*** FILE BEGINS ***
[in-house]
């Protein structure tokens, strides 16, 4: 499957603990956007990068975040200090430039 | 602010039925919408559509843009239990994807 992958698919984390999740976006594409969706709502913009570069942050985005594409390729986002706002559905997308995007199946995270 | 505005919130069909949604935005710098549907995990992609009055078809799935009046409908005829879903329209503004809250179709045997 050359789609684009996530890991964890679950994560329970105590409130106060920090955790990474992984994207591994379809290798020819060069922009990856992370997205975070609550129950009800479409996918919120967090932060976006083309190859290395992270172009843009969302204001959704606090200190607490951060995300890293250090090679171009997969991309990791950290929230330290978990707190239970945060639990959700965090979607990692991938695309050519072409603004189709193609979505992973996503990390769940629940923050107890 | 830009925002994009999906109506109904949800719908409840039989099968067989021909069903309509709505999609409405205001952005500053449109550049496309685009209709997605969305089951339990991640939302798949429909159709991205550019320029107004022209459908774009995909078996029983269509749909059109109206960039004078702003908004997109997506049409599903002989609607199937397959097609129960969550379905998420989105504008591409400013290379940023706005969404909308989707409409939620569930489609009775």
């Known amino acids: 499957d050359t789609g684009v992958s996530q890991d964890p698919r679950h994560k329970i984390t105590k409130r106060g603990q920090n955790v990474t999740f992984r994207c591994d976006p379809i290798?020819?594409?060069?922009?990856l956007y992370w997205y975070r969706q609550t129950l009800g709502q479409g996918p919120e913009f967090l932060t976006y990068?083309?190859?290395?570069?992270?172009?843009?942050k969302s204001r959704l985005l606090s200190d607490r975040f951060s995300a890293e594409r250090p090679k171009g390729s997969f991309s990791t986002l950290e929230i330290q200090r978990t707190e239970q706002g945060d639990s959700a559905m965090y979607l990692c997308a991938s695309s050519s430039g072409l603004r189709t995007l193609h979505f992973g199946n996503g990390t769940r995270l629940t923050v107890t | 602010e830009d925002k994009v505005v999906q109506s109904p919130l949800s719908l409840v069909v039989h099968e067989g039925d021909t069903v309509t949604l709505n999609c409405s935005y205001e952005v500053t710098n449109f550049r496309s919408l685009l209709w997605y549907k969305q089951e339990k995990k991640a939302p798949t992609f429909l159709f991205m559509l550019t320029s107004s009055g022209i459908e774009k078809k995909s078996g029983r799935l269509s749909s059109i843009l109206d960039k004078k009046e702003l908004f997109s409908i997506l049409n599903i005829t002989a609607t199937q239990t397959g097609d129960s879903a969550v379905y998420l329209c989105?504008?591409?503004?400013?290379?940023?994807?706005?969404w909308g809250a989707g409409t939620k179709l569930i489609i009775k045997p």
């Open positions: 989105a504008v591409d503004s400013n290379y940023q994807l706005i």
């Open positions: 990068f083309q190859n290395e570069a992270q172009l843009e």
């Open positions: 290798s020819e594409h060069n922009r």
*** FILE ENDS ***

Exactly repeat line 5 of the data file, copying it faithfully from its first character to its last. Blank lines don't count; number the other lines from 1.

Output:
């Open positions: 990068f083309q190859n290395e570069a992270q172009l843009e």